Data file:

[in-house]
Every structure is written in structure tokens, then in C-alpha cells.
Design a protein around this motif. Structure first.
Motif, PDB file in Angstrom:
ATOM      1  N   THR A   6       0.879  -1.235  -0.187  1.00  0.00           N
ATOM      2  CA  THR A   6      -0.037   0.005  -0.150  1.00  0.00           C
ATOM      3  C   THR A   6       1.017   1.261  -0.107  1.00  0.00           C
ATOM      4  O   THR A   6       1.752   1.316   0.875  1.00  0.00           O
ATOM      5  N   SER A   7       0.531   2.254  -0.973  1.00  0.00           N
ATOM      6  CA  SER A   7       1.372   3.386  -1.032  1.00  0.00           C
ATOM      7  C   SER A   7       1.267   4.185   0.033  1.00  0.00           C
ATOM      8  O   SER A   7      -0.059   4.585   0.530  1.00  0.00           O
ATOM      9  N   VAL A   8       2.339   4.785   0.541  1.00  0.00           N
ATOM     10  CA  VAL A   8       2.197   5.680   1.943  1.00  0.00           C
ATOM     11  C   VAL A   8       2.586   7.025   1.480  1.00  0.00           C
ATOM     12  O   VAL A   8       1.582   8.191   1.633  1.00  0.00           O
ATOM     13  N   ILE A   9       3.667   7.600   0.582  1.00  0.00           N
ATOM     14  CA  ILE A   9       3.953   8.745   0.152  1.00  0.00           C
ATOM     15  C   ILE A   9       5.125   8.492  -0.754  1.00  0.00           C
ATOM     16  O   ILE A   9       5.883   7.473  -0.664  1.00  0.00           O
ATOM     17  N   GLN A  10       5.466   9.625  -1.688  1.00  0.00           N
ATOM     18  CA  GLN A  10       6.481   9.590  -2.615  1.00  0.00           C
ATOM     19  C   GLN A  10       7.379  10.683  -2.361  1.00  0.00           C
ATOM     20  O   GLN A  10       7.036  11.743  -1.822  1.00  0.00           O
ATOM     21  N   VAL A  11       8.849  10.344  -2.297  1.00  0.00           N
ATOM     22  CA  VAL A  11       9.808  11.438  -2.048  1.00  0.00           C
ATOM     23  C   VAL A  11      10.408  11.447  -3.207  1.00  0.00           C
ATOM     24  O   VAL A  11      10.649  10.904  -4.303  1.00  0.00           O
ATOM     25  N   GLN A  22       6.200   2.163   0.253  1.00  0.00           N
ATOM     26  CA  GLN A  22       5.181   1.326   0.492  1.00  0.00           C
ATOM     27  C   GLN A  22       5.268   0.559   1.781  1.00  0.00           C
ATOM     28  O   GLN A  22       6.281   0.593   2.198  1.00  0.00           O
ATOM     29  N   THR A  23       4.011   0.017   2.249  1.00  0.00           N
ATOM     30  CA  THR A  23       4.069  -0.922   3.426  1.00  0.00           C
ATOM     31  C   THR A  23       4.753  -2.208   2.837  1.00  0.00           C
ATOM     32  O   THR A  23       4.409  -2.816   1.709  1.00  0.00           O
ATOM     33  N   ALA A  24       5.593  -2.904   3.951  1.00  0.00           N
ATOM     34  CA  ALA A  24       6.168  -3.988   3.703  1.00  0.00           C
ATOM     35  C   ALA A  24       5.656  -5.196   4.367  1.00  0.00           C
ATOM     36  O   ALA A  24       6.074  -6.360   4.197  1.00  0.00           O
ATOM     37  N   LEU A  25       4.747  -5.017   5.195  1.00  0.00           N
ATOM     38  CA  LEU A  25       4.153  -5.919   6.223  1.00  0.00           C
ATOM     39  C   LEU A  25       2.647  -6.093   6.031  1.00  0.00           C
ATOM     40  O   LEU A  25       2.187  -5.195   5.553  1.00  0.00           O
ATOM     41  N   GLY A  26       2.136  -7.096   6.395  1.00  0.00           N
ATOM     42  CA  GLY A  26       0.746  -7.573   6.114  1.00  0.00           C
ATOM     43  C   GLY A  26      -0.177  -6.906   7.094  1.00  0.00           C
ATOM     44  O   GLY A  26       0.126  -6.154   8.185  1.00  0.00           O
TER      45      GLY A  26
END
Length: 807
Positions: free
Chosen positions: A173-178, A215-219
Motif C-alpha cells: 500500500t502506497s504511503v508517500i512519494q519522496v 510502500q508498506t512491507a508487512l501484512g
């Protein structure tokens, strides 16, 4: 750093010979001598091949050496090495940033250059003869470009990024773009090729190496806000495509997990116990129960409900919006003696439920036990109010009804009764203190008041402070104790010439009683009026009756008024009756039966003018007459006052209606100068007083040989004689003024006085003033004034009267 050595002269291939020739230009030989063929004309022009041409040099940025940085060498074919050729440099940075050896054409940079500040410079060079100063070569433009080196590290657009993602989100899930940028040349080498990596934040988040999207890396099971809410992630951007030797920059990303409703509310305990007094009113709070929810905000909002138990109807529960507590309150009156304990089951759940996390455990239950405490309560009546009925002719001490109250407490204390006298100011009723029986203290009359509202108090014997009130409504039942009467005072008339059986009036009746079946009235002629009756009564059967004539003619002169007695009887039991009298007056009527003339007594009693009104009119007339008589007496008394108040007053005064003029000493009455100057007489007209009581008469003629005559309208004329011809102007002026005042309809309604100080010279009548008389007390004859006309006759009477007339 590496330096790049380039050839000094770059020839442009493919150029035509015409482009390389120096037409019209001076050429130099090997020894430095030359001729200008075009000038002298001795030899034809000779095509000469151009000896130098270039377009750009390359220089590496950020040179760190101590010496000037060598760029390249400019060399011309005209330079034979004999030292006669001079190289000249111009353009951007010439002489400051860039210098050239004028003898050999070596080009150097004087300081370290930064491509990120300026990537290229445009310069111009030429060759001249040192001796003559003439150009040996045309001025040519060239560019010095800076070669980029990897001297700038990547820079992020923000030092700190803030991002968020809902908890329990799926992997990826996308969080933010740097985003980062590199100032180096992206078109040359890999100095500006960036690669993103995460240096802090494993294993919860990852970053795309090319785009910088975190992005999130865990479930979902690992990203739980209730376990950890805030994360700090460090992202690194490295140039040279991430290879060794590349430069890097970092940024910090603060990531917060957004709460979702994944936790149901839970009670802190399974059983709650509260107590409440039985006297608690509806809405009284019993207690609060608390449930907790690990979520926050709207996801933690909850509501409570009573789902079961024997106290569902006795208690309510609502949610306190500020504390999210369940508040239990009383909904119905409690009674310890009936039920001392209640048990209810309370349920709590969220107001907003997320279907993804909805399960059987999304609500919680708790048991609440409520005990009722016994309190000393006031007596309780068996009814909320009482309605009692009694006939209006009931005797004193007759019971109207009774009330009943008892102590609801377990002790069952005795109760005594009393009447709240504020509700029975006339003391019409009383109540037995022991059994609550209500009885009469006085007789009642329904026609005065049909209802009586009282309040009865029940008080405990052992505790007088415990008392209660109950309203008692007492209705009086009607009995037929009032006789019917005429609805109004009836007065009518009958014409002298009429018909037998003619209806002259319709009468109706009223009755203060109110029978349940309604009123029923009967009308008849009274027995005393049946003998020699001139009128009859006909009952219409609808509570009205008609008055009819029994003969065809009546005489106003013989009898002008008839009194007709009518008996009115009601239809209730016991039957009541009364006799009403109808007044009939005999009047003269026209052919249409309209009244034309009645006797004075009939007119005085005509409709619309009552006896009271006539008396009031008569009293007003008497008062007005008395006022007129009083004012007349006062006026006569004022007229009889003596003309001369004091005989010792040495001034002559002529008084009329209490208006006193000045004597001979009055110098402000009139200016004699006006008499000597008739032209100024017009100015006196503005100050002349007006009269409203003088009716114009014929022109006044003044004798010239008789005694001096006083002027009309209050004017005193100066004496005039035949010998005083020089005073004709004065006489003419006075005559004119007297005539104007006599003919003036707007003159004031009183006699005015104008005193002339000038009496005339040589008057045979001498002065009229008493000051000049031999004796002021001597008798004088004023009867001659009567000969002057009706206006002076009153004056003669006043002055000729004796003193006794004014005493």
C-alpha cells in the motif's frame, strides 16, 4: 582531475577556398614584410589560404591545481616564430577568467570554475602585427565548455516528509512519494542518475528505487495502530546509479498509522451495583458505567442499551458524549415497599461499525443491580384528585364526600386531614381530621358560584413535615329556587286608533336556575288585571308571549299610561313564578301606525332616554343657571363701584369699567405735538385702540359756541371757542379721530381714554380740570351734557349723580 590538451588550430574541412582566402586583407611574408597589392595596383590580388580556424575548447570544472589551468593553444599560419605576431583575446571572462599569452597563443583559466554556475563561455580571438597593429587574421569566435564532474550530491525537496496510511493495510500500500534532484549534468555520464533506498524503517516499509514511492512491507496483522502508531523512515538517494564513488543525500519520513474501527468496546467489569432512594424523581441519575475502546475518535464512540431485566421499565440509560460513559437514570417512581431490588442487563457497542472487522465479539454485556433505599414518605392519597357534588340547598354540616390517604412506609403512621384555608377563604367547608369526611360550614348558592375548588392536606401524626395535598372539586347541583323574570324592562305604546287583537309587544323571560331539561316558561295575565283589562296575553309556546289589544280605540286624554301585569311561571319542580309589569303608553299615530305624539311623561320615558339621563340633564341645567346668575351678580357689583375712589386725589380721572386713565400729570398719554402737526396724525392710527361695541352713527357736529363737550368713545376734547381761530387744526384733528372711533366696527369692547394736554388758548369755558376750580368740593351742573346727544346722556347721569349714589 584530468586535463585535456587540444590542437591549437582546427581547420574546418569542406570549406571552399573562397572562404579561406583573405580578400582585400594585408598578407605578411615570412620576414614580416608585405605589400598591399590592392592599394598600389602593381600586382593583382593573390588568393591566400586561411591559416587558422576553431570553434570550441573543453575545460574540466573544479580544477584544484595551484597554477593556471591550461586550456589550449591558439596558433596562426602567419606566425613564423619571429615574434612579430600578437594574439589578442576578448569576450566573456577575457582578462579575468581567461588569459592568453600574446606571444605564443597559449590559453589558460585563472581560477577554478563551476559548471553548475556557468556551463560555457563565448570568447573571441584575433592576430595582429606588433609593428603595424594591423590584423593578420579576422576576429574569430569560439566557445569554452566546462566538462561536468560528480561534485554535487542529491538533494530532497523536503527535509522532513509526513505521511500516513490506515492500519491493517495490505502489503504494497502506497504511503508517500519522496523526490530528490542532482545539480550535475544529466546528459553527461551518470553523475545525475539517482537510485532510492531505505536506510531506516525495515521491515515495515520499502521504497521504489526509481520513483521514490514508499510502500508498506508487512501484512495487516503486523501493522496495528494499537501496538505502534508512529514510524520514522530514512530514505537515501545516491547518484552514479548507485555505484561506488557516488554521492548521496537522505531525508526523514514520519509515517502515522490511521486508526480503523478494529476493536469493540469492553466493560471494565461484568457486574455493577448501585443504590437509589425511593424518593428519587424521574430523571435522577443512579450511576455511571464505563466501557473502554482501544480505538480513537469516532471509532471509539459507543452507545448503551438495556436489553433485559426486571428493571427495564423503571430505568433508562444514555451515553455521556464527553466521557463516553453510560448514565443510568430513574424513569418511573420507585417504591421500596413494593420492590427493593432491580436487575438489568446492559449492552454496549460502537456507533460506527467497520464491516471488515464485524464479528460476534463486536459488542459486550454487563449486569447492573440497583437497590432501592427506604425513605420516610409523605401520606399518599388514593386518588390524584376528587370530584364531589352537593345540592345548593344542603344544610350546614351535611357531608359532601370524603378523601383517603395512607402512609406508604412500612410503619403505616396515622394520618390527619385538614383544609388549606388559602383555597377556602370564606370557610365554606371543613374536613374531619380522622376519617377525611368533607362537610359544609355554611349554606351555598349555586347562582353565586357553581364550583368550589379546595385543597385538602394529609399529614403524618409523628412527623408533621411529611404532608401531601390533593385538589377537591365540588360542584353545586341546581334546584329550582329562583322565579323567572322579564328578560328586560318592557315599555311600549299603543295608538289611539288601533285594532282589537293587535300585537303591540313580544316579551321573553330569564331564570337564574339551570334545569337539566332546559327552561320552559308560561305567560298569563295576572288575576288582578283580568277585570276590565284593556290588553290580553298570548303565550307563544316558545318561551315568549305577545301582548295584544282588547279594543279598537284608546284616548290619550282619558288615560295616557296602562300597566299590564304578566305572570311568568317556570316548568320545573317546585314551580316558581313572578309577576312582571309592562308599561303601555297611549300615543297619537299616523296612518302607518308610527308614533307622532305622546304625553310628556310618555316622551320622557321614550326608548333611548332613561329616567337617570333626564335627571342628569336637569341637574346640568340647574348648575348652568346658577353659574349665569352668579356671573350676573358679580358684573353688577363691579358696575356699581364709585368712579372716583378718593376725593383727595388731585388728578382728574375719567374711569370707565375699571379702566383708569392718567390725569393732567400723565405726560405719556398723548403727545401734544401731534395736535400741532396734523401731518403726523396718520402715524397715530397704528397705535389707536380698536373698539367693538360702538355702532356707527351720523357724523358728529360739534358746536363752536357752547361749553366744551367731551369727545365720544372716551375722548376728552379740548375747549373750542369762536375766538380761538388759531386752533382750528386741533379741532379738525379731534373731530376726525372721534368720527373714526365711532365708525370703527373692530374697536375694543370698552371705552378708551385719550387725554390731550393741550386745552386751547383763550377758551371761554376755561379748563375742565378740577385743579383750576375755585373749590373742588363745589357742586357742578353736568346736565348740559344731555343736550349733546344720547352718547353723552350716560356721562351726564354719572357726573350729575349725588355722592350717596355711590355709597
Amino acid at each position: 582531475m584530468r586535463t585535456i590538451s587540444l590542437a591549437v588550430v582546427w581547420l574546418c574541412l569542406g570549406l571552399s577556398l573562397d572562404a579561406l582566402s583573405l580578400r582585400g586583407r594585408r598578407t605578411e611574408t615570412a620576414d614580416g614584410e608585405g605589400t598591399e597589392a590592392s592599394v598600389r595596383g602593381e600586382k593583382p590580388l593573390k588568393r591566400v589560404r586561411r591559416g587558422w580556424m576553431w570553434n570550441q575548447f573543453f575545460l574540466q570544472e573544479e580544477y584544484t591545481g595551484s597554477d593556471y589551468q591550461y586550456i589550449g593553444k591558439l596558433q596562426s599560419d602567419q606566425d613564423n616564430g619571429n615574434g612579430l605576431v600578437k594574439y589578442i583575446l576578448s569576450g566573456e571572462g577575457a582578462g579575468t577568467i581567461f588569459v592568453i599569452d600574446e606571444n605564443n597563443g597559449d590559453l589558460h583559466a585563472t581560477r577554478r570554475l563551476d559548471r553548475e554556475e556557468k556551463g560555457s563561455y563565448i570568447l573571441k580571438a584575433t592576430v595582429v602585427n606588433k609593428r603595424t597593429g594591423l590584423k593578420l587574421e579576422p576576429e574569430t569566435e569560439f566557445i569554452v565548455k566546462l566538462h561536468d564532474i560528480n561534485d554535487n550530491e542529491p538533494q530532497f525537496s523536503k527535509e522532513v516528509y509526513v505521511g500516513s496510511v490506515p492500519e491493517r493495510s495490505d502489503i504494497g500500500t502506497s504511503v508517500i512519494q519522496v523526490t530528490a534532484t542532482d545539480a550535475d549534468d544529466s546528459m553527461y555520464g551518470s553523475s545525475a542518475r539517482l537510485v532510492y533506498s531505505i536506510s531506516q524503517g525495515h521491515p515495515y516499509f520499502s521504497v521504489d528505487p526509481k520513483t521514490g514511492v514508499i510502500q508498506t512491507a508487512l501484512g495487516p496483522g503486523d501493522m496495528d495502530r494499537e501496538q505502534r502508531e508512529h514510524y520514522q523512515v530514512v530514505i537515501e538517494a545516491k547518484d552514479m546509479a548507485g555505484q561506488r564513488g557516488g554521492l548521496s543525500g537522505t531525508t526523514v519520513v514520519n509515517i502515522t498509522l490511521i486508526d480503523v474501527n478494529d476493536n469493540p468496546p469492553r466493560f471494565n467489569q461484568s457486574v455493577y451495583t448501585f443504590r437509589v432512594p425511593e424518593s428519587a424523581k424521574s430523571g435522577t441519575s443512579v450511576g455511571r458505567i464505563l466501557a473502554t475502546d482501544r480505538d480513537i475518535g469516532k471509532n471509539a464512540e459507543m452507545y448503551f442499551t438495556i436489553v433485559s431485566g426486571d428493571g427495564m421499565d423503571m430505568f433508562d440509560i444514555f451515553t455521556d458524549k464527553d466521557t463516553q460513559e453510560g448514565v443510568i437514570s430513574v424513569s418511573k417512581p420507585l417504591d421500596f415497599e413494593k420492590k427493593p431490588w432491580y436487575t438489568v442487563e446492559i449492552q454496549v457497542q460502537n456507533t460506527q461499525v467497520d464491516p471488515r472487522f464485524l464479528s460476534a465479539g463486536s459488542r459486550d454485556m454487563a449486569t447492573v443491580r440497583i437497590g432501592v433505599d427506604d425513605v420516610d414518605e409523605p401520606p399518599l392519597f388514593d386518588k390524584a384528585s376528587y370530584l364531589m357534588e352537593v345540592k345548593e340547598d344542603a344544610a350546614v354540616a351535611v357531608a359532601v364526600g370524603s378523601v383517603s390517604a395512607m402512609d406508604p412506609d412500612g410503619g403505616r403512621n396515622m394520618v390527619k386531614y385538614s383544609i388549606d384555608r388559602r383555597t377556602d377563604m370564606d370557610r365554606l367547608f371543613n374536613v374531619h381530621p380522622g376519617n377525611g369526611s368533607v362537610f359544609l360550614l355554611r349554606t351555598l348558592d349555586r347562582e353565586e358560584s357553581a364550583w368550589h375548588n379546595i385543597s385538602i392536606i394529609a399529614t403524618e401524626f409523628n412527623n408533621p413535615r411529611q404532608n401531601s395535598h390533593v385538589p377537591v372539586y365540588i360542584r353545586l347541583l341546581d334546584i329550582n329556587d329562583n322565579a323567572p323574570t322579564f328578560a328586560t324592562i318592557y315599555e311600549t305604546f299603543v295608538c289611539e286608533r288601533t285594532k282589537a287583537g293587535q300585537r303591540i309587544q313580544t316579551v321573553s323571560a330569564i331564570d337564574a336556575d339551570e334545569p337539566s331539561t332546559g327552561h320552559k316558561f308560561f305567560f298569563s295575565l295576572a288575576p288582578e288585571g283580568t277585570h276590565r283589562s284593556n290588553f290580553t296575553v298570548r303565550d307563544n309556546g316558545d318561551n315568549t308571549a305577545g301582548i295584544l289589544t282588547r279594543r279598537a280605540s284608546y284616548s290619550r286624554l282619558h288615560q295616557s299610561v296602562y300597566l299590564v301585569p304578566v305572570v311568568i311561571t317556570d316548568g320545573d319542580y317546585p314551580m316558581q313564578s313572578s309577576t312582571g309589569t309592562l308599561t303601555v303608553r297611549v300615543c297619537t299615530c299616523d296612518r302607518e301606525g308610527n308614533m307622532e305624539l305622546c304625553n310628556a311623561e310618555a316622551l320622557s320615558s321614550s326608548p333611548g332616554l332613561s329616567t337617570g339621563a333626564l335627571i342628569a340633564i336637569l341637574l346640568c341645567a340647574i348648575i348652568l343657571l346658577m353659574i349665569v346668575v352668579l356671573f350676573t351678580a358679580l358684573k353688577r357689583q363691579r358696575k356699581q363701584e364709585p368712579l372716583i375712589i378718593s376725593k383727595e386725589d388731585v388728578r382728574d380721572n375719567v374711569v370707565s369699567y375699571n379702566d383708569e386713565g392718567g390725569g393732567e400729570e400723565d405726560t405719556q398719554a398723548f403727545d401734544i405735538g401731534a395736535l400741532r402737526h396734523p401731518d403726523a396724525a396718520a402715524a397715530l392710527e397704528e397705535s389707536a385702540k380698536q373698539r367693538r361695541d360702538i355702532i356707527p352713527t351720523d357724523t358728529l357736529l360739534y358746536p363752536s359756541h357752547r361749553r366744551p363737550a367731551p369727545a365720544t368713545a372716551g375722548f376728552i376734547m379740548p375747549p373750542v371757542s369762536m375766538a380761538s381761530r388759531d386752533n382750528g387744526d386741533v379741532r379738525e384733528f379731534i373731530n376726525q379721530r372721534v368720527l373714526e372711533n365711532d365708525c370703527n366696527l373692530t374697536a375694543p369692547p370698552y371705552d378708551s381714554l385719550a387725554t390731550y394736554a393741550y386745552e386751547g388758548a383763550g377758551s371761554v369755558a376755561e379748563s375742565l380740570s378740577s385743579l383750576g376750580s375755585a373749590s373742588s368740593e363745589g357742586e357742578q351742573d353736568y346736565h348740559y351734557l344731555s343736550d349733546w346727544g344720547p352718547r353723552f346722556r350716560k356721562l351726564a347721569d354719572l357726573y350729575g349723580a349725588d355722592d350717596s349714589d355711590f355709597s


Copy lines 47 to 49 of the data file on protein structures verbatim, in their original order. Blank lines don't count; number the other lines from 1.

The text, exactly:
ATOM     43  C   GLY A  26      -0.177  -6.906   7.094  1.00  0.00           C
ATOM     44  O   GLY A  26       0.126  -6.154   8.185  1.00  0.00           O
TER      45      GLY A  26